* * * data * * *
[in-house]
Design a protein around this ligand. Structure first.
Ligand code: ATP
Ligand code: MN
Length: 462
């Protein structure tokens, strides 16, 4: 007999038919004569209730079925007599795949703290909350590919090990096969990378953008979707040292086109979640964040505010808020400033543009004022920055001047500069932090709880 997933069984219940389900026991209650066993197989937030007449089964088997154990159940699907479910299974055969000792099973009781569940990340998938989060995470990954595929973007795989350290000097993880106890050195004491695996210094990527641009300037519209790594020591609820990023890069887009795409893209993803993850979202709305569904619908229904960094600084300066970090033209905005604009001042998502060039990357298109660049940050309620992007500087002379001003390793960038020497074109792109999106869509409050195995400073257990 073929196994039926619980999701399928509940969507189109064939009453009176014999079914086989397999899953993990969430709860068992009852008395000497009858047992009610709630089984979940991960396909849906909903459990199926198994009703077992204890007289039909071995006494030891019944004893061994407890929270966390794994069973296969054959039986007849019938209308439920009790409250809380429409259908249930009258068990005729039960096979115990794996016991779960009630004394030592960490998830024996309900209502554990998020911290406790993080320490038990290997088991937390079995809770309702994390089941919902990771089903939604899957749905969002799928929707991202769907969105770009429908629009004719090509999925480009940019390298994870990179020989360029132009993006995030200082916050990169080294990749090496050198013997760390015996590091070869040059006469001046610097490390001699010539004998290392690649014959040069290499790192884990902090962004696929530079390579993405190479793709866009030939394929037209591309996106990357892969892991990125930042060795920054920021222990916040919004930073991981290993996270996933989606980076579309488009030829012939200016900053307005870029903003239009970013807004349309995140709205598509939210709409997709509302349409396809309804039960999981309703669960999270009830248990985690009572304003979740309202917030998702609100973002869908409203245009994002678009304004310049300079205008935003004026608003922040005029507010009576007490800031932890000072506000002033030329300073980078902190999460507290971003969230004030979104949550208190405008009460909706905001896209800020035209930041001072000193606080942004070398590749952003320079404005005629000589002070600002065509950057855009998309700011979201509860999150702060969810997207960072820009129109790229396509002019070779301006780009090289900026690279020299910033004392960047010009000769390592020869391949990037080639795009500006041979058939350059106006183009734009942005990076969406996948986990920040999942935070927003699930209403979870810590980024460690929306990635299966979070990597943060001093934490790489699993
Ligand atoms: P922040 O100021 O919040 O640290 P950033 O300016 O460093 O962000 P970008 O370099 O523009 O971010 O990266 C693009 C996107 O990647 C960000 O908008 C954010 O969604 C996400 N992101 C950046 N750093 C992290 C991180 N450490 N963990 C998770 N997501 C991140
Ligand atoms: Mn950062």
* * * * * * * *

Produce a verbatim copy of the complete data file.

[in-house]
Design a protein around this ligand. Structure first.
Ligand code: ATP
Ligand code: MN
Length: 462
């Protein structure tokens, strides 16, 4: 007999038919004569209730079925007599795949703290909350590919090990096969990378953008979707040292086109979640964040505010808020400033543009004022920055001047500069932090709880 997933069984219940389900026991209650066993197989937030007449089964088997154990159940699907479910299974055969000792099973009781569940990340998938989060995470990954595929973007795989350290000097993880106890050195004491695996210094990527641009300037519209790594020591609820990023890069887009795409893209993803993850979202709305569904619908229904960094600084300066970090033209905005604009001042998502060039990357298109660049940050309620992007500087002379001003390793960038020497074109792109999106869509409050195995400073257990 073929196994039926619980999701399928509940969507189109064939009453009176014999079914086989397999899953993990969430709860068992009852008395000497009858047992009610709630089984979940991960396909849906909903459990199926198994009703077992204890007289039909071995006494030891019944004893061994407890929270966390794994069973296969054959039986007849019938209308439920009790409250809380429409259908249930009258068990005729039960096979115990794996016991779960009630004394030592960490998830024996309900209502554990998020911290406790993080320490038990290997088991937390079995809770309702994390089941919902990771089903939604899957749905969002799928929707991202769907969105770009429908629009004719090509999925480009940019390298994870990179020989360029132009993006995030200082916050990169080294990749090496050198013997760390015996590091070869040059006469001046610097490390001699010539004998290392690649014959040069290499790192884990902090962004696929530079390579993405190479793709866009030939394929037209591309996106990357892969892991990125930042060795920054920021222990916040919004930073991981290993996270996933989606980076579309488009030829012939200016900053307005870029903003239009970013807004349309995140709205598509939210709409997709509302349409396809309804039960999981309703669960999270009830248990985690009572304003979740309202917030998702609100973002869908409203245009994002678009304004310049300079205008935003004026608003922040005029507010009576007490800031932890000072506000002033030329300073980078902190999460507290971003969230004030979104949550208190405008009460909706905001896209800020035209930041001072000193606080942004070398590749952003320079404005005629000589002070600002065509950057855009998309700011979201509860999150702060969810997207960072820009129109790229396509002019070779301006780009090289900026690279020299910033004392960047010009000769390592020869391949990037080639795009500006041979058939350059106006183009734009942005990076969406996948986990920040999942935070927003699930209403979870810590980024460690929306990635299966979070990597943060001093934490790489699993
Ligand atoms: P922040 O100021 O919040 O640290 P950033 O300016 O460093 O962000 P970008 O370099 O523009 O971010 O990266 C693009 C996107 O990647 C960000 O908008 C954010 O969604 C996400 N992101 C950046 N750093 C992290 C991180 N450490 N963990 C998770 N997501 C991140
Ligand atoms: Mn950062």